Strong start a necessity for Clemson baseball with first nine at home

Clemson Matthew Crownover throws a pitch in an NCAA college baseball game against Boston College on Thursday, May 15, 2014 in Clemson, S.C. (AP Photo/Anderson Independent-Mail, Mark Crammer)

CLEMSON – Ace on the mound, a nice long homestand to open the proceedings, and yet another Opening Day filled with hope.

Final score in 10 innings: Eastern Michigan 6, No. 13 Clemson 5. Despite the six-game winning streak that followed, that puzzling 0-1 start set the tone for a wayward 2014 season.

Let’s try this again – that could be the mantra for the Tigers when they leave their spiffy, spacious new dugout Friday afternoon to begin a 9-game homestand at Doug Kingsmore Stadium, which features brand-new premium seats and widened dugouts entering the spring. A player development center remains under construction, and will not be finished until approximately the end of this season.

“We have the best fans in the country, I think, and to play the first nine here is awesome,” catcher Chris Okey said.

The stretch begins with three against West Virginia – not the best of programs, but a Power 5 opponent nonetheless – and concludes with Game 1 of the South Carolina series on Feb. 27.

“I think we’ve got a different approach this year,” outfielder Steven Duggar said. “We’re just going to try to win every pitch, win every inning. Ultimately, that might transform into winning every game.”

The Mountaineers haven’t been to an NCAA Tournament since 1996 – Clemson’s been to four College World Series in that span – but West Virginia (28-26) is making strides under third-year head coach Randy Mazey, falling just short of qualifying for the tournament last year.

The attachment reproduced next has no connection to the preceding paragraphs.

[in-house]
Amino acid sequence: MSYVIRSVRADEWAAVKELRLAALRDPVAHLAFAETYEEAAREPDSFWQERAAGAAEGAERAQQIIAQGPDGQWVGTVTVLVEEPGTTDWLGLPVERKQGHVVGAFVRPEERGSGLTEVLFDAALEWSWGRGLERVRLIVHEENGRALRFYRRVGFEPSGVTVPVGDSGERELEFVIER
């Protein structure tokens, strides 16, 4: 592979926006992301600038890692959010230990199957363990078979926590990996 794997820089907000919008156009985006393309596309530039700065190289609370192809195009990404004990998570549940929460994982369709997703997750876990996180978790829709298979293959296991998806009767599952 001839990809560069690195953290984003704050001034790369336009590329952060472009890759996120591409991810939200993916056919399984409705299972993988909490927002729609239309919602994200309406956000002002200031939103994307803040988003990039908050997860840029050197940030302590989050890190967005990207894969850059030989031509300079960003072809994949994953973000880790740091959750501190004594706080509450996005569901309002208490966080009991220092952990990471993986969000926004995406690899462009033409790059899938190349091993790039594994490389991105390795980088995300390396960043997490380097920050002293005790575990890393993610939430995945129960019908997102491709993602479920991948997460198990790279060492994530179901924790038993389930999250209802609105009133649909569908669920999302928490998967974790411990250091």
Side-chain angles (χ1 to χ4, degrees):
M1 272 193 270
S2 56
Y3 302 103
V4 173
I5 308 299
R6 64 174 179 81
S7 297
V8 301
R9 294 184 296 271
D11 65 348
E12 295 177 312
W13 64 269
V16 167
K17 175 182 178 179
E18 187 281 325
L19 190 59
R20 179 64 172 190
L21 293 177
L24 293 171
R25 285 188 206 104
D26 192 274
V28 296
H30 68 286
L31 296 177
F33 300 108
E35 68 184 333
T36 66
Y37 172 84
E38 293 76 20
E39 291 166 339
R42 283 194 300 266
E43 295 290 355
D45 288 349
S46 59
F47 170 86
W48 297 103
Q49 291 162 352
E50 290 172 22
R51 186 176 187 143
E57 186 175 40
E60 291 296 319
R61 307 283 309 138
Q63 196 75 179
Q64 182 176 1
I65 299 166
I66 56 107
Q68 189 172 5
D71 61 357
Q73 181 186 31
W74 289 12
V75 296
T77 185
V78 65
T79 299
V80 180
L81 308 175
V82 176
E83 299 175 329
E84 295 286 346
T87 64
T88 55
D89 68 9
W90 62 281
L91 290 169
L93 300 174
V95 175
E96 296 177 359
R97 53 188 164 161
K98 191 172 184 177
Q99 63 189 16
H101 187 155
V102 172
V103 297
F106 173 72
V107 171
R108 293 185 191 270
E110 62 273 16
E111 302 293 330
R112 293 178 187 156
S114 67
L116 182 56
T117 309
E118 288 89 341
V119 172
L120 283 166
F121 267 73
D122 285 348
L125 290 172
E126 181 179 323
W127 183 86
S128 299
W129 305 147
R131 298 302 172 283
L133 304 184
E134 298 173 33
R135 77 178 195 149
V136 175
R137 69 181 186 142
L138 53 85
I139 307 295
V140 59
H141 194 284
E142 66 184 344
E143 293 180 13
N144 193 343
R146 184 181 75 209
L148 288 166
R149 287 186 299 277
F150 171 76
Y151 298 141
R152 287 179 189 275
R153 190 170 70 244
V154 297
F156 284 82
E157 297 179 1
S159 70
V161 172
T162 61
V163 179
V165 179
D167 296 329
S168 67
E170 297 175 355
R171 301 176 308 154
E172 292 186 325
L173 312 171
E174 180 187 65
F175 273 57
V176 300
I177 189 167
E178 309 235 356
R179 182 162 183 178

Not to mention, West Virginia went a sterling 6-1 vs. six different ACC squads last year, with wins over North Carolina, Duke and Maryland.

In his final preseason comments leading into the 2015 season, Clemson head coach Jack Leggett was asked simply what he hopes to see from his team in the opening three games.

“Three wins,” Leggett answered. “The obvious is, we want to play well, see the accumulation of all the hard work and conditioning and fundamentals we’ve been through show up this weekend.”

Junior left-hander Matthew Crownover, Clemson’s wins leader last year with eight, gets the ball Opening Night, and figures to start three of these nine home games culminating with the Gamecocks opener.

“No matter what you do in intrasquad scrimmages, a real game’s a real game. It’s a different animal,” Crownover said. “The blood will be flowing the first inning, but by the second or third pitch, I’ll be ready to go.”

Fellow juniors Zack Erwin and Brody Koerner will start Saturday and Sunday, respectively. Erwin was a utility pitcher in the rotation and out of the pen last year, while Koerner had an impressive fall and will have the first crack at locking down Sunday assignments.

Tyler Krieger, the team’s starting shortstop when healthy, will serve as designated hitter while he continues to recover from offseason shoulder surgery. Krieger ranked fifth in the ACC last year with a team-high .338 batting average.

Eli White will take over shortstop in the interim, and freshman Chase Pinder figures to start at second base.

Left field and closer will be positions Leggett looks to solidify in February with a multitude of options. Righty Drew Moyer and lefty Alex Bostic will be the top candidates to begin with in the ninth inning, as Patrick Andrews continues to rehab from Tommy John surgery and Clay Bates recovers from an arm strain.

Freshmen Drew Wharton and Reed Rohlman and veteran Mike Triller are in the mix at left field, which Leggett calls an “up for grabs” role entering game action.

“You want to get started off on the right foot. You want to figure out your combinations in the infield, outfield, behind the plate and on the mound,” Leggett said. “You want to develop confidence, and not have your team press by getting behind by the 15th game. If we can do that, then everybody feels good about themselves.”